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IT chief resigns

Amarillo College Vice President of Information Technology Lee Colaw has resigned from his position effective April 12. Terry Kleffman, assistant chief information … Keep Reading

Jackson Street Presents Episode 9 South of the Sun

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Jackson Street Presents

Amarillo rock band South of the Sun joins host David Lovejoy for Jackson Street Presents.

Calling all computer enthusiasts

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Written By | Randi Riggs | A new club was added to Amarillo College in the fall. It is called Bash Script Crazy. The club offers many activities, all revolving around technology. Bash Script Crazy is home to geeks, nerds, cyclones and computer enthusiasts. Bash Script Crazy is conveniently headed by two AC employees: Andrew Flores, the program chairman, and Sarah Bruce, the treasurer and secretary. It already has more than 50 members registered online. “You don’t have to be a computer geek to want to expand your knowledge in technology,” Flores said. Bash Script offers many things, including upcoming events to get students ready for the work force with mock interviews, putting together a resume and having local professionals come up and talk to the students. Besides just helping students get prepared for the work world, they also have workshops. The most recent one was a photo booth software workshop where students will be taught how to use their XBOX connect to apply different backgrounds to images. The next step will focus on how to automatically post the images to Twitter, “the type of thing to get students engaged,” Flores said. Besides workshops, the computer club also participates in activities such as the upcoming HACKDFW April 16-17 in Dallas. There will be more than $30,000 in prizes, 2,000 attendees from around the world and world-class judges and companies. It is completely free. Coming up in October, AC will host the AITP Competition on campus. More than 300 students and professionals are expected to attend from Texas, Oklahoma, Louisiana and New Mexico. “This will be one of the largest IT events, and if it does well, AC may get the opportunity to host it every year,” Flores said. Students can find out more about the computer club on the Web page and also can register to be members. “Joining a club allows students to obtain experience that could be listed on a resume,” Bruce said. “It allowed me to make bonds Read more [...]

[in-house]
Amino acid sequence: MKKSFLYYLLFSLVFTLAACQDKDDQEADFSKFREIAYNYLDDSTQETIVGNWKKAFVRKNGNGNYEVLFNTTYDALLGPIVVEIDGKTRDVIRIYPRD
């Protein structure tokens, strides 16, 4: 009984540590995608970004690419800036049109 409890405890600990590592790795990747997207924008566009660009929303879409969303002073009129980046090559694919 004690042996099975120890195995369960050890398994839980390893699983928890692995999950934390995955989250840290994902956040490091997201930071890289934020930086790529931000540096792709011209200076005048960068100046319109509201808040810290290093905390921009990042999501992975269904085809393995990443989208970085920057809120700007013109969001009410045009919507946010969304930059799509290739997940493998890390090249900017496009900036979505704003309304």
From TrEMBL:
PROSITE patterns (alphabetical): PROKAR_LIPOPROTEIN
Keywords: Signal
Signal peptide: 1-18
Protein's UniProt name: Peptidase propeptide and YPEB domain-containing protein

Embracing new technology era

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reyna santos | The Ranger